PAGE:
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Gadgets instacube

Published on July 31st, 2014 | by Greg

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Instacube: Photo Sharing With Modern Lessons, Old Designs

A few years ago, the digital picture frame was a fairly ubiquitous item- plenty of companies put out models that enabled you to view your photos, perfect for a sort of living exhibition of your vacations or family. But the fairly low resolution displays, need for constant power, and triumph of a the general-purpose tablet mean that it’s been a while since we’ve really seen one. Today, we’ve got the scoop on a project that offers plenty of lessons, from crowd-funding hype to the harsh realities of real-world sourcing.

The Instacube smashed expectations when it was announced and revealed on Kickstarter in 2012. It wasn’t a revolutionary idea, really, but a clever repurposing of the digital photo frame built specifically to play nicely with Instagram lovers. And the device got plenty of positive press and buzz, with various publications calling it “classy” and “hip”, helping to boost it to a $620K final finish. But two years later and the first production units are only now arriving, which has led to plenty of frustration from backers, some of whom got to see units arriving in retail stores before the company had managed to deliver the product ordered long ago. The company regularly updated customers, and has been fairly transparent about the situation, and it’s a case study in how success can be quite a heavy burden, illustrating the risks in relying on overseas suppliers, with small issues leading to delays in every stage of the process.

But we were thrilled to put that all aside, and excited to test out the Instacube with fresh eyes. In fact, we relied pretty much exclusively on folks who didn’t know about the history of the project, and the results were clear: the Instacube looks great at first glance, but lacks the polish that might have made this a true winner. There’s plenty to like, but the downsides are many, and the simple fact is that you’re still probably better off buying a tablet. Let’s start with the display- Instagram photos might not be high-definition, but the 600 x 600 resolution results in a fairly spotty, pixelated view that doesn’t do them justice (and the colors felt a little washed out as well, which might seem appropriate to the style, though it’s hard to imagine even hipsters desiring this level of fade). In sunlight or even glare, it’s not bright enough to be useful either. The body of the unit is cute, a retro design with curved edges and a nice bit of depth, but it’s fairly light where you’d want it to be heavy, and lacks any viewing angle adjustments, meaning it’s hard to actually enjoy the photography inside.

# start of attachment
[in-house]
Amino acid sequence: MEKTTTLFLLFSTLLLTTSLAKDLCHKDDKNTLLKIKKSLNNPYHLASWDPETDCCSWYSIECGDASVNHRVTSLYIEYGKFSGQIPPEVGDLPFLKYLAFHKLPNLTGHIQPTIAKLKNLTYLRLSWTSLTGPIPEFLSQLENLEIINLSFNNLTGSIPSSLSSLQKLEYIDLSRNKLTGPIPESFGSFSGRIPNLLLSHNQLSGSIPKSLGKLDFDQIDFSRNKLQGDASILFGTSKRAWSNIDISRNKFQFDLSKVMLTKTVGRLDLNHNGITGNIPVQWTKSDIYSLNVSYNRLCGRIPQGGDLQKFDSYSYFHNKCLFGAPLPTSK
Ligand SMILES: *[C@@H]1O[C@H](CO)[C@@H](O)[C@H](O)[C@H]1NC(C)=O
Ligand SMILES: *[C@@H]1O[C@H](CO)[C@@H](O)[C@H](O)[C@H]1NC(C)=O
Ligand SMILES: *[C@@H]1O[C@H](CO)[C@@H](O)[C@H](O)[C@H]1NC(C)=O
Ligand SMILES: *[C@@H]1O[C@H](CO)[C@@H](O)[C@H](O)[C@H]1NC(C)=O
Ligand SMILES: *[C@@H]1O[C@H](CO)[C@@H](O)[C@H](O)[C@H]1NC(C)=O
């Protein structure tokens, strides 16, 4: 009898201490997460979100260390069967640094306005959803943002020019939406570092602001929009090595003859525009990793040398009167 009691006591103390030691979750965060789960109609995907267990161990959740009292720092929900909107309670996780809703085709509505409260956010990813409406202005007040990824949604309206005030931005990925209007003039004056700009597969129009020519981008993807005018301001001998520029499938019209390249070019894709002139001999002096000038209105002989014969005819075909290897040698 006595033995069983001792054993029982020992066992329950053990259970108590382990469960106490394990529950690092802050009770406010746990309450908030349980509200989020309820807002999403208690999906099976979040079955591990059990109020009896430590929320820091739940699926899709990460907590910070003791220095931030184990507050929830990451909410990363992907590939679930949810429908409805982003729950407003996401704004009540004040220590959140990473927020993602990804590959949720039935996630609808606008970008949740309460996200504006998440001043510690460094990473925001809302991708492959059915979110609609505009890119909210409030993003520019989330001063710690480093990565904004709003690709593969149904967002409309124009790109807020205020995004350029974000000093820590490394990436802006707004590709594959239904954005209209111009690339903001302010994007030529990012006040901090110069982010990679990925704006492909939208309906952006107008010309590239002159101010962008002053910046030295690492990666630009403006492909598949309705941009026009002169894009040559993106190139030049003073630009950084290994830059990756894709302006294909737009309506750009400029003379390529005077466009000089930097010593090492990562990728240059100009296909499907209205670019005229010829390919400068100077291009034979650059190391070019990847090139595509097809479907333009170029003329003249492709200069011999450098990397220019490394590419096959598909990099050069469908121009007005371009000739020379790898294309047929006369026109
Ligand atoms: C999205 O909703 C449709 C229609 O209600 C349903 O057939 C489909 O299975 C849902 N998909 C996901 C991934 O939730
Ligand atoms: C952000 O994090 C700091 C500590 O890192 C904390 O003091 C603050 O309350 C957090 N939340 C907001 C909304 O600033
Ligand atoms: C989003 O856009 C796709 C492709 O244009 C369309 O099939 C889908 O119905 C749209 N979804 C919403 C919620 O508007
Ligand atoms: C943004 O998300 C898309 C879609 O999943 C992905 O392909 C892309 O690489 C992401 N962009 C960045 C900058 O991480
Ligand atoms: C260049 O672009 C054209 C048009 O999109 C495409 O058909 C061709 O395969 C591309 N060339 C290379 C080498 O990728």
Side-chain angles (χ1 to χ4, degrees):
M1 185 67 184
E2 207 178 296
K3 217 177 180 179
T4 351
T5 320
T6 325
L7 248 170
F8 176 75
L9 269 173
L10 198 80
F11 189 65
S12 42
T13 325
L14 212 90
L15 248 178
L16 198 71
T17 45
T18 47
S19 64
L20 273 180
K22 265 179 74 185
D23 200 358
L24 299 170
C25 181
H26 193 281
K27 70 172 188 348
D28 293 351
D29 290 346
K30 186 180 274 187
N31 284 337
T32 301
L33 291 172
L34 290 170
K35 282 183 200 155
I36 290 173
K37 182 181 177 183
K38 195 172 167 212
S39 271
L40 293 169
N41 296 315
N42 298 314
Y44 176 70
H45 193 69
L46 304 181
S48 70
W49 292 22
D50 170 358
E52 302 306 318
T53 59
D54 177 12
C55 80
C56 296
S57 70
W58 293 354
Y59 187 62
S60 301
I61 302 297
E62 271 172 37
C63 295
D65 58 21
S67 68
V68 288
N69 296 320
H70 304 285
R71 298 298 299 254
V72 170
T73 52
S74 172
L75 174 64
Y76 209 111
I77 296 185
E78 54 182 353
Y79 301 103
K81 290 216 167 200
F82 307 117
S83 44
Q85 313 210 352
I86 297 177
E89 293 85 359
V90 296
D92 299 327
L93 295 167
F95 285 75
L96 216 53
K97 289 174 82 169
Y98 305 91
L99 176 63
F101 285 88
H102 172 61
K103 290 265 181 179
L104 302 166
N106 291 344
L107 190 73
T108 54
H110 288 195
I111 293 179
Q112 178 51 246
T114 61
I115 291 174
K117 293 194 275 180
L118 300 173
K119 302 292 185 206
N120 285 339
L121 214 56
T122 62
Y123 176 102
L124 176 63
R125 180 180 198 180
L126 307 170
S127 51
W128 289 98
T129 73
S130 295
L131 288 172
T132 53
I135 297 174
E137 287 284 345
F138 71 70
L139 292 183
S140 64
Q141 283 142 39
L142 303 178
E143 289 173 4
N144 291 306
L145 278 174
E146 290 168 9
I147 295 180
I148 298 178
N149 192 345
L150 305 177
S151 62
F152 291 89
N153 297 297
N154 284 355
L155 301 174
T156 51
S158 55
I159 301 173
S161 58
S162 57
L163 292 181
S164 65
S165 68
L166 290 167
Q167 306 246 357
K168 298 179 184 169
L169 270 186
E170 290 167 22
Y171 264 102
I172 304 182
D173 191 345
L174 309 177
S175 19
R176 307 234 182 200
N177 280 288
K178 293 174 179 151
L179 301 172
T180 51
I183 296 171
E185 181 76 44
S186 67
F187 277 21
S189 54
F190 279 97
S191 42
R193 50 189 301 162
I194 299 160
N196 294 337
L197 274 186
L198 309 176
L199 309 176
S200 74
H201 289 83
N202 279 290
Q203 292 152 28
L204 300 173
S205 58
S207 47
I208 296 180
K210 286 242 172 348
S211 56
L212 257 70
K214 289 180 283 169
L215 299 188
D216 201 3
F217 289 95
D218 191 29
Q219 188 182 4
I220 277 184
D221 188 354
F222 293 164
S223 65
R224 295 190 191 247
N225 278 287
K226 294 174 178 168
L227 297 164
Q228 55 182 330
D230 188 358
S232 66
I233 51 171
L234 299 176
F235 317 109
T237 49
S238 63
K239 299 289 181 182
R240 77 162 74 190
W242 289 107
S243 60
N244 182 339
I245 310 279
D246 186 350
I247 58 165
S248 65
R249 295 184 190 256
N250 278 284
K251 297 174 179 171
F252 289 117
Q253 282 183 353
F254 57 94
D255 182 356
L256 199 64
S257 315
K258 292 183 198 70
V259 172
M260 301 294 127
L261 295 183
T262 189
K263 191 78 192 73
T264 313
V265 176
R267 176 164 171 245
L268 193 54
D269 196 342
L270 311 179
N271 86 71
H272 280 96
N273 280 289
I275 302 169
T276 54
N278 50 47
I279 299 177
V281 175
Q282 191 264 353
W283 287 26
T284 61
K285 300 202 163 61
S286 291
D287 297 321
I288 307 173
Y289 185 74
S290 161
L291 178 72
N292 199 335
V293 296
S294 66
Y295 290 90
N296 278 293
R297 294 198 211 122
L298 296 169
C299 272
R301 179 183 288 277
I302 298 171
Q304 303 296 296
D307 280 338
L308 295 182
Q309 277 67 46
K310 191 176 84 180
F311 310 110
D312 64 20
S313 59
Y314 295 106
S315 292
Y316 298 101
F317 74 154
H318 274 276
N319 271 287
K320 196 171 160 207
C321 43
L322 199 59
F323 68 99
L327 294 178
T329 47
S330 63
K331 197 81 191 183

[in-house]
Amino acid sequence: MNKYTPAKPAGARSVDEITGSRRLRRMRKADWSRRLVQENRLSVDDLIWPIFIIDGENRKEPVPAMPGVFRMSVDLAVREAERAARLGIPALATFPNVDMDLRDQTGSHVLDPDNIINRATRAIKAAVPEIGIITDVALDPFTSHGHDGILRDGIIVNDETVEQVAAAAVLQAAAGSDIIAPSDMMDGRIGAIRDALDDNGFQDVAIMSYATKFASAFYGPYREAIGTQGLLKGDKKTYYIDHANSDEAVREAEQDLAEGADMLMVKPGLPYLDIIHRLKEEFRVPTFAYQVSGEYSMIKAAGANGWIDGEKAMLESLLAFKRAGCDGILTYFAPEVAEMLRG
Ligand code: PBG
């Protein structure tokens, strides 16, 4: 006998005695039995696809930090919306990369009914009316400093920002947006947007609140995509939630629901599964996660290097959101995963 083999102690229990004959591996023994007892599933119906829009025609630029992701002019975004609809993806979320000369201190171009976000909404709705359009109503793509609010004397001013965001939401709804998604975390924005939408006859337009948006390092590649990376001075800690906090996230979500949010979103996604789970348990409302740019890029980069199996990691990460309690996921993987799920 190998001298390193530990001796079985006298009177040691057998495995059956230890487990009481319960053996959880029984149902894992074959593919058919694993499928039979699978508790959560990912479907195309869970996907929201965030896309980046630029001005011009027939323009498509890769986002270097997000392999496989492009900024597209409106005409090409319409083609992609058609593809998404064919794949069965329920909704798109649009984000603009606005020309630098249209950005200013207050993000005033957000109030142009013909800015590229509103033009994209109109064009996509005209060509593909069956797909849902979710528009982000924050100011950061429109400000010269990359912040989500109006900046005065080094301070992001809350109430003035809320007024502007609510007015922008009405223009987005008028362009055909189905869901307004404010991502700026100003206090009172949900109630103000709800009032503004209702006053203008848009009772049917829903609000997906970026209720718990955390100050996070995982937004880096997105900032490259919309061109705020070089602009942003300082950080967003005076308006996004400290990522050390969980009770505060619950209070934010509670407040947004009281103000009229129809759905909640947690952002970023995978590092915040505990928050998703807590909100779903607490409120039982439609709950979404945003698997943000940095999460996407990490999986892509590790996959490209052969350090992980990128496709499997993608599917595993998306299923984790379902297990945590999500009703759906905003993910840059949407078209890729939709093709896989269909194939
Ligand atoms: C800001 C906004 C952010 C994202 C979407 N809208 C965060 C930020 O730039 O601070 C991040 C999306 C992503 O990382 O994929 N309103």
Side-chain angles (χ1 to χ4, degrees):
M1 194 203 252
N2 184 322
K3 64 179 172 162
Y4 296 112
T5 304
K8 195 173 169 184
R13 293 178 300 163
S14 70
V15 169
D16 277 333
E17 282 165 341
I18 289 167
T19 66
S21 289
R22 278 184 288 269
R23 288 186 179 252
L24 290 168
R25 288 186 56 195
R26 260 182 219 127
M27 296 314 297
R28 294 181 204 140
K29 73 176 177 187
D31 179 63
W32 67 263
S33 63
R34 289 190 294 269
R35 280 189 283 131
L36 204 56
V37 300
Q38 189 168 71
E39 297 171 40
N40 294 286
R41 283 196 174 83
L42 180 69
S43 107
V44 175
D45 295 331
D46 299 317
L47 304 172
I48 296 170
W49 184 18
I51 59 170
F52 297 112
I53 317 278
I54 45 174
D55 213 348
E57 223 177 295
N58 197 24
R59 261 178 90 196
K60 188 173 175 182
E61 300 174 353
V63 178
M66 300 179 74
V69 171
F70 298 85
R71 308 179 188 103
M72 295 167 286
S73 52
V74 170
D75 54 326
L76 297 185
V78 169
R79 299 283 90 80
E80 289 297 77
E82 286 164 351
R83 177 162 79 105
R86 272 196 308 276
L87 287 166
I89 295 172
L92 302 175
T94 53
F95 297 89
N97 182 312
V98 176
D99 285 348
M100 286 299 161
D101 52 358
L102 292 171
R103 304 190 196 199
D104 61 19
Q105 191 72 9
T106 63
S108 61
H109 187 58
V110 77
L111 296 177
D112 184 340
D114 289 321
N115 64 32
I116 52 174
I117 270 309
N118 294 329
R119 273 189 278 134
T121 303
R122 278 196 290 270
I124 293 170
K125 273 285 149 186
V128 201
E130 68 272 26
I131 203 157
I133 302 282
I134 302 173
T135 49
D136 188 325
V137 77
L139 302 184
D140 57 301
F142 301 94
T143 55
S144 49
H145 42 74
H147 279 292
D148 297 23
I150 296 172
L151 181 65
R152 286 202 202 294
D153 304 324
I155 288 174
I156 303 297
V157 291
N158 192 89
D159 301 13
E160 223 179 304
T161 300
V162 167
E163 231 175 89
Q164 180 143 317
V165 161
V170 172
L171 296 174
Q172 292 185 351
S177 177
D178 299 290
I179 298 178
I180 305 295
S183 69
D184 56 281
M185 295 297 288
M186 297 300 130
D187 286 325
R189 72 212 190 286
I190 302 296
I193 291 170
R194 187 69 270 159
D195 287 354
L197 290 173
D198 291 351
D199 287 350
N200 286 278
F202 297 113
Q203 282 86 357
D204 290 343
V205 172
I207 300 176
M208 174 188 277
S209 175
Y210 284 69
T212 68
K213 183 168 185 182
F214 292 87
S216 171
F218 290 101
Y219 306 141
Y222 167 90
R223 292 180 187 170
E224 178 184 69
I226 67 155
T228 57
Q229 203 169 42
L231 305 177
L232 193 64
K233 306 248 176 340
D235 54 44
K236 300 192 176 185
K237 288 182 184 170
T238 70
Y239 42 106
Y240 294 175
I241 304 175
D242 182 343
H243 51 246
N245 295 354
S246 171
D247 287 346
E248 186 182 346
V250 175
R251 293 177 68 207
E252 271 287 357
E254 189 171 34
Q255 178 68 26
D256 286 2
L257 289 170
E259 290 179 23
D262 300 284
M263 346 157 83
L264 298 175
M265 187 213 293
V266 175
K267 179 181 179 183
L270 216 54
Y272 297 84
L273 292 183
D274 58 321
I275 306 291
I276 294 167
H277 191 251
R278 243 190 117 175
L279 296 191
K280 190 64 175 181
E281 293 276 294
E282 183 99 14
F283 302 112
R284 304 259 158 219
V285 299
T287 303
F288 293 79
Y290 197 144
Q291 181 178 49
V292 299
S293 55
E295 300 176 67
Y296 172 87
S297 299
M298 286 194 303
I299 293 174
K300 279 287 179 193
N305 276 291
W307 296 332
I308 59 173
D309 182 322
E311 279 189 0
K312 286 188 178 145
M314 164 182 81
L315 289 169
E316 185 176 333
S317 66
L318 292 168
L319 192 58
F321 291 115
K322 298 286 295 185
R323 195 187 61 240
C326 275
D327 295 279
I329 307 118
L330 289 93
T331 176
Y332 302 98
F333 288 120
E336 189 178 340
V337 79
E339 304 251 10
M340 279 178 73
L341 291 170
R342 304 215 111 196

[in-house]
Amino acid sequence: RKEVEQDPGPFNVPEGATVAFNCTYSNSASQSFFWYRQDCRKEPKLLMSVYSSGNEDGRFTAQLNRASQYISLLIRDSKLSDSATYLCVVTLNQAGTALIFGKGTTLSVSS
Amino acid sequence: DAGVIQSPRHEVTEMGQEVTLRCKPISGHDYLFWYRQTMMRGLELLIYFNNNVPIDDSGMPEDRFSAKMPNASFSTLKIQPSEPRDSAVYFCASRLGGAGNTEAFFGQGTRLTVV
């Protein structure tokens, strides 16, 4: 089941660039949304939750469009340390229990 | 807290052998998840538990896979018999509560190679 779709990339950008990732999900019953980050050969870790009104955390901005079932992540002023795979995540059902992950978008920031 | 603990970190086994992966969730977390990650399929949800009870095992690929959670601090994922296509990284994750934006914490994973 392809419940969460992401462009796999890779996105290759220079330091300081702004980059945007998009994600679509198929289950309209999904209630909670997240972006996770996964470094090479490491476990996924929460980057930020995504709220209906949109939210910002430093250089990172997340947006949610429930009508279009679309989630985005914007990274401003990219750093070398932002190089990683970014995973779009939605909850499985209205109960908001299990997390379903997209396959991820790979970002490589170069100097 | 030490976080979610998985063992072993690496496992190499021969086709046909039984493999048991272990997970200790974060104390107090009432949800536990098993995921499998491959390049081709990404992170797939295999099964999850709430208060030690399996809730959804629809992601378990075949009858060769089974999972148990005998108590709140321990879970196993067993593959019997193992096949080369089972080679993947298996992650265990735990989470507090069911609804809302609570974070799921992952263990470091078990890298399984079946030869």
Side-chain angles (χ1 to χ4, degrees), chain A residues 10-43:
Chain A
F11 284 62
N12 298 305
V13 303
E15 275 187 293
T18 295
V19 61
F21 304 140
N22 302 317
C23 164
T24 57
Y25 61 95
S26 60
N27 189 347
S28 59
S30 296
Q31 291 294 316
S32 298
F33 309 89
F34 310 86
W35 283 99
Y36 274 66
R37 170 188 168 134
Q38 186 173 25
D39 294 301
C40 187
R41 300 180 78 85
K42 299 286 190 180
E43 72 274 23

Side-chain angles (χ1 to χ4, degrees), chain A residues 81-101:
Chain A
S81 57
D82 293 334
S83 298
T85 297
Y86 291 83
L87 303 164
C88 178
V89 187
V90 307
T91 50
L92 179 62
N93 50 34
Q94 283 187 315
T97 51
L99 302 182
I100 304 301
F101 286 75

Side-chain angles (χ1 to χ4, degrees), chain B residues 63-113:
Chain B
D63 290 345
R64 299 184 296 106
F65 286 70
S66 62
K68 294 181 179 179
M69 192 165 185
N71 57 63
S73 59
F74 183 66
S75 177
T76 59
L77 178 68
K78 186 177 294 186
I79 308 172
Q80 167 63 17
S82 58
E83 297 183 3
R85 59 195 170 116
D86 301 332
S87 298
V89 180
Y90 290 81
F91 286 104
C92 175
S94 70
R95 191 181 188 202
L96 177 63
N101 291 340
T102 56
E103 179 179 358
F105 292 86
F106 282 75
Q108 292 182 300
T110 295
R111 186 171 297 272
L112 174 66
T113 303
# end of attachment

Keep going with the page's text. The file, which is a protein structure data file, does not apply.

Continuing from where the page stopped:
Battery life of four hours isn’t stellar, but we kept ours plugged in for the most part anyway. At first, the Instacube seems like it will be fun and simple, but the touch screen controls were somewhat awkward and quickly became slow and less than responsive. The functionality is purposefully limited but you can, for instance, select a single user or hashtag and view their images- theoretically perfect for some retail environments like New York’s board game cafe, The Uncommons. Ideally you’d be able to choose more than one tag though, and have more control over how they are displayed and their order. We also had the unit forget settings, and require us to re-enter or re-connect to our network regularly upon restart/reboot.

We wanted the Instacube to be intuitive, but found it a bit annoying, and thus we’re pretty sure it’s audience will be limited. Software updates are inevitable, and we hope to see many of these issues resolved over time, but as it stands the Instacube is just a bit too expensive for what you get. Available now for $149 in white or black.

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About the Author

Greg dreamed up the idea for the Truly Network while living in Hawaii, which began with a single site called TrulyObscure. In 2010, when advertisers and readers were requesting coverage beyond the scope of that site, TrulyNet was launched, reaching a broader audience over a variety of niche sites. Formerly the head technology correspondent for the Des Moines Register at age 16, he has since lived and worked in five states and two countries, helping a list of organizations and companies that includes the United States Census Bureau, TripAdvisor, Events Photo Group, Berlitz, and Computer Geeks. He also served as the Content Strategy Manager for HearPlanet, a multi-platform app that has reached over a million users and has been featured in the New York Times, Hemispheres Magazine, National Geographic Adventure, Fox Business News, PC Magazine, and even Apple’s own iPhone ads. Greg has written as a restaurant critic and feature journalist for a number of national and international publications, including City Weekend Magazine, Red Egg Magazine, the Newton Daily News, Capital Change Magazine, and an arm of China Daily, Beijing Weekend. In addition, he has served as a consulting editor for the Foreign Language Press of Beijing, as well as a writer and editor for the George Washington University Hatchet, the school newspaper of his alma mater. Originally from Iowa, Greg is currently living in the West Village of Manhattan.



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